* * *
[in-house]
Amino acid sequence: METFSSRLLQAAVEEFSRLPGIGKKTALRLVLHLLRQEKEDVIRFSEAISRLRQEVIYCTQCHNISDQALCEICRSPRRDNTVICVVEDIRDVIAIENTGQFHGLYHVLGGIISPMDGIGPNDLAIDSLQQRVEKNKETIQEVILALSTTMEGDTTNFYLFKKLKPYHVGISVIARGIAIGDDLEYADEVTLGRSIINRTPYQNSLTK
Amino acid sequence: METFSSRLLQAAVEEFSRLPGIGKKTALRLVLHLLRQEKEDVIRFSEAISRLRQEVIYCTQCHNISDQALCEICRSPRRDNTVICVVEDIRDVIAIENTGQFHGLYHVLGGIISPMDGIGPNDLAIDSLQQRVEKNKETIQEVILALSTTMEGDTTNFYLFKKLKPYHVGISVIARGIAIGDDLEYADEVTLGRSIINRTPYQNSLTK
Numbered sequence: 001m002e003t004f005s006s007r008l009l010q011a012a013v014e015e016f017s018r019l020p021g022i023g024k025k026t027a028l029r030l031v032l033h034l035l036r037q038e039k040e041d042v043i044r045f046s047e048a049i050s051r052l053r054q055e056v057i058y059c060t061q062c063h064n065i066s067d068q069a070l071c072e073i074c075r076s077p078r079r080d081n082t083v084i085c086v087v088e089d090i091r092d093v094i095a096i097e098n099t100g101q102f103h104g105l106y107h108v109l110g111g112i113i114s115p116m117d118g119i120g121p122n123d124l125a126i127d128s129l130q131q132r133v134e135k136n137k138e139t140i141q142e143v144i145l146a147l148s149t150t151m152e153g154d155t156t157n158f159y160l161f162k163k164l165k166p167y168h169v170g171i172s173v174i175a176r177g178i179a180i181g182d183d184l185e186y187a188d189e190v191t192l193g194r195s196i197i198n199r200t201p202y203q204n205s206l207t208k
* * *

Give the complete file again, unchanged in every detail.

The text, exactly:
[in-house]
Amino acid sequence: METFSSRLLQAAVEEFSRLPGIGKKTALRLVLHLLRQEKEDVIRFSEAISRLRQEVIYCTQCHNISDQALCEICRSPRRDNTVICVVEDIRDVIAIENTGQFHGLYHVLGGIISPMDGIGPNDLAIDSLQQRVEKNKETIQEVILALSTTMEGDTTNFYLFKKLKPYHVGISVIARGIAIGDDLEYADEVTLGRSIINRTPYQNSLTK
Amino acid sequence: METFSSRLLQAAVEEFSRLPGIGKKTALRLVLHLLRQEKEDVIRFSEAISRLRQEVIYCTQCHNISDQALCEICRSPRRDNTVICVVEDIRDVIAIENTGQFHGLYHVLGGIISPMDGIGPNDLAIDSLQQRVEKNKETIQEVILALSTTMEGDTTNFYLFKKLKPYHVGISVIARGIAIGDDLEYADEVTLGRSIINRTPYQNSLTK
Numbered sequence: 001m002e003t004f005s006s007r008l009l010q011a012a013v014e015e016f017s018r019l020p021g022i023g024k025k026t027a028l029r030l031v032l033h034l035l036r037q038e039k040e041d042v043i044r045f046s047e048a049i050s051r052l053r054q055e056v057i058y059c060t061q062c063h064n065i066s067d068q069a070l071c072e073i074c075r076s077p078r079r080d081n082t083v084i085c086v087v088e089d090i091r092d093v094i095a096i097e098n099t100g101q102f103h104g105l106y107h108v109l110g111g112i113i114s115p116m117d118g119i120g121p122n123d124l125a126i127d128s129l130q131q132r133v134e135k136n137k138e139t140i141q142e143v144i145l146a147l148s149t150t151m152e153g154d155t156t157n158f159y160l161f162k163k164l165k166p167y168h169v170g171i172s173v174i175a176r177g178i179a180i181g182d183d184l185e186y187a188d189e190v191t192l193g194r195s196i197i198n199r200t201p202y203q204n205s206l207t208k